The dream was over. Or so it seemed. The boys were not about to go out on a sour note (at least in a creative sense). As Bob Spitz writes in his exhaustive band bio, The Beatles:
The tapes from earlier in the year that would eventually become “Let it Be” languished in the can, abandoned, a victim of haste and sloppy execution. “[They] were so lousy and so bad,” according to John – “twenty-nine hours of tape …twenty takes of everything – that “none of us would go near them …None of us could face remixing them; it was [a] terrifying [prospect].” “It was laying [sic] dormant and so we decided ‘Let’s make a good album again,’” George recalled.
One drawback with the Let it Be film (aside from the fact it’s been out of circulation for decades and unavailable on home video outside of the odd bootleg) was its relatively short running time. Considering director Lindsay-Hogg had 60 hours of footage at his disposal, the original 81-minute theatrical cut feels stingy; leaving little room for nuance or providing context to the on-camera bickering the 1970 film is chiefly remembered for.
Perhaps predictably in this age of Tweet-length attention spans, there has been much lamentation and rending of garments regarding the decidedly less stingy running time of Peter Jackson’s nearly 8-hour long Get Back, his oft delayed and long-awaited re-edit, sifted from Lindsay-Hogg’s trove of footage (now streaming on Disney+ as a 3-part series). All I can say to those folks is I’ve got no time for you right now, don’t bother me.
The beauty of Jackson’s film is that his extended cut allows room for nuance and context around those storied studio spats, which in fact did not “cause” the break-up of the Beatles; rather they were symptoms of a longtime creative partnership that was literally “aging out”. Three-quarters of the band (John Paul, and George) had been collaborating since they were in their mid-teens; now they were all in their late 20s.
Like any other human being, as each member of the band matured, their individual priorities (as people and as creative artists) diverged. This was evidenced by the release of solo albums from all four members in 1970, the same year Let It Be saw its belated release: Ringo’s Beaucoups of Blues and Sentimental Journey, Paul’s McCartney, John’s John Lennon/Plastic Ono Band, and George’s epic triple album All Things Must Pass.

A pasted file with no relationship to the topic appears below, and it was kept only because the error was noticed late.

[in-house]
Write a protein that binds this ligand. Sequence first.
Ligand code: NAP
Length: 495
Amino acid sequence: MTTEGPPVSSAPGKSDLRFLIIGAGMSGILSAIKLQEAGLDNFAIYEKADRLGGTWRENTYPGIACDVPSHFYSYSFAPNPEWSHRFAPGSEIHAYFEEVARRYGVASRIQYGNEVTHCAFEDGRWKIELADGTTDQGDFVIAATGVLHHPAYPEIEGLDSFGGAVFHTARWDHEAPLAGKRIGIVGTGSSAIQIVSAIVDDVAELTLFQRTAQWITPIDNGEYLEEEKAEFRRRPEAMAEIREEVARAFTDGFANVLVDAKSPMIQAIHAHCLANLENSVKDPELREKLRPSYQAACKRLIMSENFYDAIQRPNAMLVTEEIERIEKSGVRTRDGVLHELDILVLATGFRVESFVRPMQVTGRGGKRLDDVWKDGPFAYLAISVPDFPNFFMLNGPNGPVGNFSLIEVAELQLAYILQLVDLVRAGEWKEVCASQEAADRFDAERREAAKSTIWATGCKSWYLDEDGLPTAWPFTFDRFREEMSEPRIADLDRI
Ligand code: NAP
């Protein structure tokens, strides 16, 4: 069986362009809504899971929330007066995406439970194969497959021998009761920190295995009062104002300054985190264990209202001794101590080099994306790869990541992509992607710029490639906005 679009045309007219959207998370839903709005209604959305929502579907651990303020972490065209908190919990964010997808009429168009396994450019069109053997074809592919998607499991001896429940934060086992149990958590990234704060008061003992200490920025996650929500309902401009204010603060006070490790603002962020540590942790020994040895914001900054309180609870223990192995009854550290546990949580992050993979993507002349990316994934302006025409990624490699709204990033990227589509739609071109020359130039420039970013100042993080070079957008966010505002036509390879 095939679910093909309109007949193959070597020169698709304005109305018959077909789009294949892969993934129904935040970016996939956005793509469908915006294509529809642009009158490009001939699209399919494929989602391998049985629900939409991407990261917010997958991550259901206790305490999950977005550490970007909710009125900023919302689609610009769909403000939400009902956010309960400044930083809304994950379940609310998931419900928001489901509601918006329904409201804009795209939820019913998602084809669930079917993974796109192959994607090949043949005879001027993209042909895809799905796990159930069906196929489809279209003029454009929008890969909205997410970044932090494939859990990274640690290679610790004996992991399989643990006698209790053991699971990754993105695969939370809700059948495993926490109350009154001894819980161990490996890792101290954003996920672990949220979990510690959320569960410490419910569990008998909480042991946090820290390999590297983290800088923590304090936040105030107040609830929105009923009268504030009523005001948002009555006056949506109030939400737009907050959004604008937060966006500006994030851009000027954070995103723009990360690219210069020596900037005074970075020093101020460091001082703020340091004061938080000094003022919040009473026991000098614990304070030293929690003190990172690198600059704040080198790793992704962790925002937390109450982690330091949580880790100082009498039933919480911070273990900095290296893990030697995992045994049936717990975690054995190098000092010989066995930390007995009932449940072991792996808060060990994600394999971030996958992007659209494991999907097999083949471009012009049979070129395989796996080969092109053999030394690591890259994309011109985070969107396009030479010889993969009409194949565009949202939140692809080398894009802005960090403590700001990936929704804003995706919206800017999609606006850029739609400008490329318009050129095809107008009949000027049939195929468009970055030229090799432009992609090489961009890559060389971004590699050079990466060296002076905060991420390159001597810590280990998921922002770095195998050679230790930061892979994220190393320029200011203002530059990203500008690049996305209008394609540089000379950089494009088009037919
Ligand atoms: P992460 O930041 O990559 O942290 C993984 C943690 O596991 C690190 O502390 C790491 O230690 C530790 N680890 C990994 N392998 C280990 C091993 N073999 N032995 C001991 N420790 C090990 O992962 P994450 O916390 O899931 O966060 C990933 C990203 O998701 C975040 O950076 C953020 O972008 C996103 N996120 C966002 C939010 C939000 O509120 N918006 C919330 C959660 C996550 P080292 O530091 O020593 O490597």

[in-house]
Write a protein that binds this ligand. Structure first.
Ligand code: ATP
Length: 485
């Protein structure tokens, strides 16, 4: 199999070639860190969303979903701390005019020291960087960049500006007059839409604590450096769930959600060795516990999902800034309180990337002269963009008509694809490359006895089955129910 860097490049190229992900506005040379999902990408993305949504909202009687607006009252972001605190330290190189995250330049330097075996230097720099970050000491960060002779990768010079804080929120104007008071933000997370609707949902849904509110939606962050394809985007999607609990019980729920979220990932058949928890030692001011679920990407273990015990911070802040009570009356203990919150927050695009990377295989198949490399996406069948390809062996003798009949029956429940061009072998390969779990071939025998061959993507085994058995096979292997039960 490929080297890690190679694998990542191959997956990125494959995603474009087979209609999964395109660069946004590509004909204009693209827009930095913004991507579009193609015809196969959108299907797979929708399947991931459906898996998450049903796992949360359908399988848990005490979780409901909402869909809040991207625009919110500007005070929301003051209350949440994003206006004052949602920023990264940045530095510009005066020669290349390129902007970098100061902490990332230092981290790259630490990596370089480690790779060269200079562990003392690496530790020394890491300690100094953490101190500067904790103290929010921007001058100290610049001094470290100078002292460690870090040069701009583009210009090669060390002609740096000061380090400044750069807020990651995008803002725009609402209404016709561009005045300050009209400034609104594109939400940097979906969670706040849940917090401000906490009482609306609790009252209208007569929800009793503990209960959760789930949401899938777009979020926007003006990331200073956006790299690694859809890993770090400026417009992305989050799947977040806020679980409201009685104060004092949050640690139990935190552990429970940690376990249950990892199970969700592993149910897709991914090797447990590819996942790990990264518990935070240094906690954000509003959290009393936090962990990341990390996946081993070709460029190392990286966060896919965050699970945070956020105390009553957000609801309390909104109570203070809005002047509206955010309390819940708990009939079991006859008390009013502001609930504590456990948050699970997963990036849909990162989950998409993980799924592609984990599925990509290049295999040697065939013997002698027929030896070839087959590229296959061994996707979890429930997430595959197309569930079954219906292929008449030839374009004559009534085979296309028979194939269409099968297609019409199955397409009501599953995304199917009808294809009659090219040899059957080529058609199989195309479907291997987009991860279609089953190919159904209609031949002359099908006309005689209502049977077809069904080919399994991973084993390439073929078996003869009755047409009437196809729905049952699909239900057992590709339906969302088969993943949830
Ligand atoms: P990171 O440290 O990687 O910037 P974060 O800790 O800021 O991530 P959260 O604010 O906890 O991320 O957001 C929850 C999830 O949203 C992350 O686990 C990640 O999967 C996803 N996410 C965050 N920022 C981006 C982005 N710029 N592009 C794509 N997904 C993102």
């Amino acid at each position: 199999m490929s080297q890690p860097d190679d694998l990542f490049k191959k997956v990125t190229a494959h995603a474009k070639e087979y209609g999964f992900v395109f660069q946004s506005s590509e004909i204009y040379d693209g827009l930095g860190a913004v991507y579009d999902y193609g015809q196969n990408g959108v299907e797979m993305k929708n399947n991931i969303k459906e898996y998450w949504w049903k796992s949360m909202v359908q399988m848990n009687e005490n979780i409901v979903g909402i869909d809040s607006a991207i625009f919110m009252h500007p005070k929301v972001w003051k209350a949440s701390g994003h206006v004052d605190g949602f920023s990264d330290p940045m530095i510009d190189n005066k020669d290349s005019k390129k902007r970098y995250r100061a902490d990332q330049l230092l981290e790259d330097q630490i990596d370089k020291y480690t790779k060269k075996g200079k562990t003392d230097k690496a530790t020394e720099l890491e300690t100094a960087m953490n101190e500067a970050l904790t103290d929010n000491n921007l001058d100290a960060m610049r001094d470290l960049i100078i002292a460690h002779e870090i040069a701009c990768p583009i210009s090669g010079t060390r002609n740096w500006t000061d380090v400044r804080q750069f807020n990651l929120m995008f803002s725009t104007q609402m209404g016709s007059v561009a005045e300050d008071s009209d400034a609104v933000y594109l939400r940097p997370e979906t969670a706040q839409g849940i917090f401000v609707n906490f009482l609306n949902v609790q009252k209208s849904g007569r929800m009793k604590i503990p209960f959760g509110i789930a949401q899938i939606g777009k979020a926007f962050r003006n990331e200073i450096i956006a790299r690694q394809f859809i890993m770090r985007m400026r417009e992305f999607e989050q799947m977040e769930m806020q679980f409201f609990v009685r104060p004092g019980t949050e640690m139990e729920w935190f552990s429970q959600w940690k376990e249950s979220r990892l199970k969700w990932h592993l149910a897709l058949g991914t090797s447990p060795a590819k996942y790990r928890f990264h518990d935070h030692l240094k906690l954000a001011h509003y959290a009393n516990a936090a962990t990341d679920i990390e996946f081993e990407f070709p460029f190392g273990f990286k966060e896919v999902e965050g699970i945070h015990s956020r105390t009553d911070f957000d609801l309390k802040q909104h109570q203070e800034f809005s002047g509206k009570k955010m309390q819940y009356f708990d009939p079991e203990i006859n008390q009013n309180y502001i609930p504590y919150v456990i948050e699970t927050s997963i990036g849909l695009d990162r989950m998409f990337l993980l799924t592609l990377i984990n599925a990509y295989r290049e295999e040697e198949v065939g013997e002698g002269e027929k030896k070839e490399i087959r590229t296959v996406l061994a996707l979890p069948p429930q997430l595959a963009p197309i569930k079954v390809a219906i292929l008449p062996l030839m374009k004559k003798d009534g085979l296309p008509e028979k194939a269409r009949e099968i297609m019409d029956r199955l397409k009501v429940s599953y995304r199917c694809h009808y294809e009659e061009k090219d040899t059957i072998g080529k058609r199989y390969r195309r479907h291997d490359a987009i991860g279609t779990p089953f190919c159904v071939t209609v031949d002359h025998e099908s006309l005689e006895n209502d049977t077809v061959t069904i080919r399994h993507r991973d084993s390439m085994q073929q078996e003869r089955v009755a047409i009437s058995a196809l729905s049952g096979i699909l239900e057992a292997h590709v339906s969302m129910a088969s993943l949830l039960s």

In fact, one of the film’s greatest delights is catching snippets of songs (still in their infancy) that would end up on later solo albums. John sings “On the Road to Marakesh/Child of Nature” which would turn up in 1971’s Imagine (with different lyrics) as “Jealous Guy” and works on refining a few lines of verse for “Gimme Some Truth” (also destined for Imagine).
George runs a song by the lads that he’s “been working on” called “All Things Must Pass” (it’s already well-formed at that stage). Paul noodles out a recognizable bit of “Another Day” on the piano, which would be his first solo single hit in 1971, and the gorgeous intro to “Backseat of My Car” (a highlight of 1971’s Ram).
Get Back apes the basic structure of Lindsay-Hogg’s Let it Be; the shoot (initially intended to end up as a TV documentary) begins with fitful and half-hearted rehearsals on a sound stage in the drafty (and acoustically-challenged) Twickenham Film Studios. Paul tries to play cheerleader to his cranky band mates (leading to some of the on-camera “bickering”, although it mostly manifests as passive-aggressive asides).